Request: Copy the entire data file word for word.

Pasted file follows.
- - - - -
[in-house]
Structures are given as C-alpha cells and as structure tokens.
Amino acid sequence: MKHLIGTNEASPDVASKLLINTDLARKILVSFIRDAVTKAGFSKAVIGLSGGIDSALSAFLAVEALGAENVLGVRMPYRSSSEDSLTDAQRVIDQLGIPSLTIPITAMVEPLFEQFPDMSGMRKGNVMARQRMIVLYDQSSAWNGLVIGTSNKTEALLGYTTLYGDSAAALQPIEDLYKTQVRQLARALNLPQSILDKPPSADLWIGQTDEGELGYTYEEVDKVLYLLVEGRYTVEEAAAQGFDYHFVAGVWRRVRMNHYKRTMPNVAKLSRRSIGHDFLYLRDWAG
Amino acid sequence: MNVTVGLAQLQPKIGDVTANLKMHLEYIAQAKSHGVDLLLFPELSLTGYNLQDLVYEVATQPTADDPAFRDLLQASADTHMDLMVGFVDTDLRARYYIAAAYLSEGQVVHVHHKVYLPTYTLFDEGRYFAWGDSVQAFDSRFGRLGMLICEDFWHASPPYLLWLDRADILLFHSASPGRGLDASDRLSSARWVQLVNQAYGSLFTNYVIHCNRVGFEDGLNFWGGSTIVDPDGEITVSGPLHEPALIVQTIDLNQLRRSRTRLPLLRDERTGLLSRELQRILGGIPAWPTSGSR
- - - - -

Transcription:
[in-house]
Structures are given as C-alpha cells and as structure tokens.
Amino acid sequence: MKHLIGTNEASPDVASKLLINTDLARKILVSFIRDAVTKAGFSKAVIGLSGGIDSALSAFLAVEALGAENVLGVRMPYRSSSEDSLTDAQRVIDQLGIPSLTIPITAMVEPLFEQFPDMSGMRKGNVMARQRMIVLYDQSSAWNGLVIGTSNKTEALLGYTTLYGDSAAALQPIEDLYKTQVRQLARALNLPQSILDKPPSADLWIGQTDEGELGYTYEEVDKVLYLLVEGRYTVEEAAAQGFDYHFVAGVWRRVRMNHYKRTMPNVAKLSRRSIGHDFLYLRDWAG
Amino acid sequence: MNVTVGLAQLQPKIGDVTANLKMHLEYIAQAKSHGVDLLLFPELSLTGYNLQDLVYEVATQPTADDPAFRDLLQASADTHMDLMVGFVDTDLRARYYIAAAYLSEGQVVHVHHKVYLPTYTLFDEGRYFAWGDSVQAFDSRFGRLGMLICEDFWHASPPYLLWLDRADILLFHSASPGRGLDASDRLSSARWVQLVNQAYGSLFTNYVIHCNRVGFEDGLNFWGGSTIVDPDGEITVSGPLHEPALIVQTIDLNQLRRSRTRLPLLRDERTGLLSRELQRILGGIPAWPTSGSR